Last year Symantec's University Relations (UR) team in India set a new record by hiring 46% female interns into our internship program. With some business units like the CIO organization reaching numbers as high as 70% female to male ratios, this was indeed a cause for celebration.
An engineer in a family of medical professionals, I was always told to treat everyone alike despite their differences. My parents taught me that I can do anything if I set my mind to it, and no one should tell me otherwise. However, given that I had a primarily rural upbringing, I have come to understand that this way of thinking is more the exception than the norm.
Growing up, I saw a lot of gender inequality in the small town where I lived. Girls simply did not have the same access to opportunities as the boys did. Their autonomy was regularly restricted with rules like having a nightly curfew or not being allowed to have male friends. In education, women are discouraged from taking up streams like mechanical or civil engineering, or applying for jobs in manufacturing sectors. Even in most ‘modern’ families, what girls and women can wear is limited or dictated. Old habits, as they say, die hard.
In education, women are discouraged from taking up streams like mechanical or civil engineering, or applying for jobs in manufacturing sectors.
That said, the local authorities did make efforts to bridge the gap through various government schemes. And, my hometown was the first place where I saw a school and a college dedicated entirely to educating girls. At the time I did not realize that a school like this was a great boon to the girls in rural areas whose parents did not allow them to study in a school with boys.
Over the course of my schooling and career, I came across various instances where women were denied basic rights like education or opportunities for advancement just because of who they were. For example, a classmate in college was not granted permission to travel to a different town for an overnight project. And in my first job in tech support, a manager on my team always shied away from hiring women because the work was a night shift – female applicants were disqualified before they even had a chance to prove themselves.
I always felt that this was not right and wanted to do something to help correct this.
When I joined Symantec in 2011 as a recruiter and later moved to the UR team, my senior colleague gave me a piece of advice that has stuck with me through the years. He said that UR is the one place where we can really make a difference, where we can influence the hiring of more women in technology. Why can’t we build a team of talented and passionate female professionals right here at Symantec? Since receiving this insight and inspiration, I have been very intentional about including more women candidates in our internship and university hiring programs.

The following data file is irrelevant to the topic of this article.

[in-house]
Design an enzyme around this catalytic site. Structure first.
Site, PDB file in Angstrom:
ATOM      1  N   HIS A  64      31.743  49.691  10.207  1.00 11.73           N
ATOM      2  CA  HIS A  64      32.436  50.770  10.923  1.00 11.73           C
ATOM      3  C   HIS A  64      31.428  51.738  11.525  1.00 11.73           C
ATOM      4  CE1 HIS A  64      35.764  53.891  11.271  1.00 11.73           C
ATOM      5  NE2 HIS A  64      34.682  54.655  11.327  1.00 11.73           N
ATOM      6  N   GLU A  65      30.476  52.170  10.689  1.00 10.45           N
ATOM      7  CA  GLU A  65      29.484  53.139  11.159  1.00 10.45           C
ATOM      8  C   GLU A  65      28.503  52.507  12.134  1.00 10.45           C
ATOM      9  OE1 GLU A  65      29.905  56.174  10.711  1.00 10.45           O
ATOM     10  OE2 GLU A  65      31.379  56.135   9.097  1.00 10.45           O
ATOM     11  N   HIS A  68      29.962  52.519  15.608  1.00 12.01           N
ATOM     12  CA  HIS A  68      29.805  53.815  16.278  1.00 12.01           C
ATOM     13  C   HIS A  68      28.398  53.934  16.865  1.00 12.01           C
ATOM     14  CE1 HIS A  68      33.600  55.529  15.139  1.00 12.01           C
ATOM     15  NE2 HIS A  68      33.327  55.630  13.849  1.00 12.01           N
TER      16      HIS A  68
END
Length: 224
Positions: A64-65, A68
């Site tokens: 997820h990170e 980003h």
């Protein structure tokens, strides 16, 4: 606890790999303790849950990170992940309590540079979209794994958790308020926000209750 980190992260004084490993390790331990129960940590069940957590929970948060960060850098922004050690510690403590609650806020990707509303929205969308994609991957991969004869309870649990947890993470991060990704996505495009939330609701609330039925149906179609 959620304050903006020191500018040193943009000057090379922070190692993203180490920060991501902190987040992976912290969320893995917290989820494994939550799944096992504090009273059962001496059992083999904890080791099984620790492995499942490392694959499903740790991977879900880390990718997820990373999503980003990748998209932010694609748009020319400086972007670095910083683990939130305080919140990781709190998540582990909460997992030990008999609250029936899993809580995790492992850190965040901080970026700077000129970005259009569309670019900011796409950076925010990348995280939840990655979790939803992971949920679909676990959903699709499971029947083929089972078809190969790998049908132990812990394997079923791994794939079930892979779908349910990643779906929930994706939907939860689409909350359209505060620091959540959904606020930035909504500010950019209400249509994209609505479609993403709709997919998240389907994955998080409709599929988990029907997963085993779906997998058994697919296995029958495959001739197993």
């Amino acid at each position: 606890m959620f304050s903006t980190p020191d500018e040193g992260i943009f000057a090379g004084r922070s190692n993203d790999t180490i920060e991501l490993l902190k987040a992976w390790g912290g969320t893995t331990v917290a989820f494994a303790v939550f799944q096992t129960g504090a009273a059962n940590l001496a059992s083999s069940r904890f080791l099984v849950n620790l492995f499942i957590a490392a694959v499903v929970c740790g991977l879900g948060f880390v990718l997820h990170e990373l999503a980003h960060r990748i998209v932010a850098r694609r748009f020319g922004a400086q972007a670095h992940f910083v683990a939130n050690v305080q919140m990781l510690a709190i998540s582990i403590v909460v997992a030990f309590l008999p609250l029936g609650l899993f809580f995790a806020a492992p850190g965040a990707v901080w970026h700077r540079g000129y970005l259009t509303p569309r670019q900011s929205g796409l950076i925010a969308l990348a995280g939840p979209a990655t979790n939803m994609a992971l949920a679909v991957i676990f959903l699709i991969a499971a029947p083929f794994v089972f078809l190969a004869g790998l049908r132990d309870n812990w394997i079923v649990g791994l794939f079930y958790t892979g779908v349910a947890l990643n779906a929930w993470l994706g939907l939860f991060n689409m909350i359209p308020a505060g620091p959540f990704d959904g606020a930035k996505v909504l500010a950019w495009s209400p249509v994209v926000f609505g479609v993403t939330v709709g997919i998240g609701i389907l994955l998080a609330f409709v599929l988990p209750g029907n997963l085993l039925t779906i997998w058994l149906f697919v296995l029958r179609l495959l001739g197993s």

I have been very intentional about including more women candidates in our internship and university hiring programs.
At Symantec, I have always had managers and mentors who have been very supportive. They have given me a chance to try new things and work on projects where I may or may not have had prior experience. I want to extend this same support to a larger circle. I strongly feel that everyone deserves a chance, a shot to prove themselves. And it is up to each one of us to do as much as possible to give each person that opportunity.
I feel that gender should not be the deciding factor that determines what work a person will do. To this end, I have tried many different ways to present as many women candidates as possible for interviews for internships. Our team has built relationships with all-women colleges and universities, much like the one in my hometown, to include in our intern recruiting program. Hiring managers and business leaders have been coached on the importance of having a more diverse slate of candidates. We have also been very intentional about removing unconscious bias by presenting resumes for interviews that were independent of the screening test scores usually used in intern hiring. We do all this because we want to level the playing field and get more women through the door and in front of a Symantec interviewer. The rest would be up to the student’s merit and ability.
Having seen a steady rise of the percentage of female interns over the past few years (all the way up to 46% last year) has been immensely satisfying. It makes me feel that I have made a difference. A small one, granted, but still something that’s a start to bigger and better things. We see so few women in leadership roles, so I’d like to think that the interns we hire today will be the leaders of tomorrow.
It's gratifying to know that I will have played a small part in making that happen.
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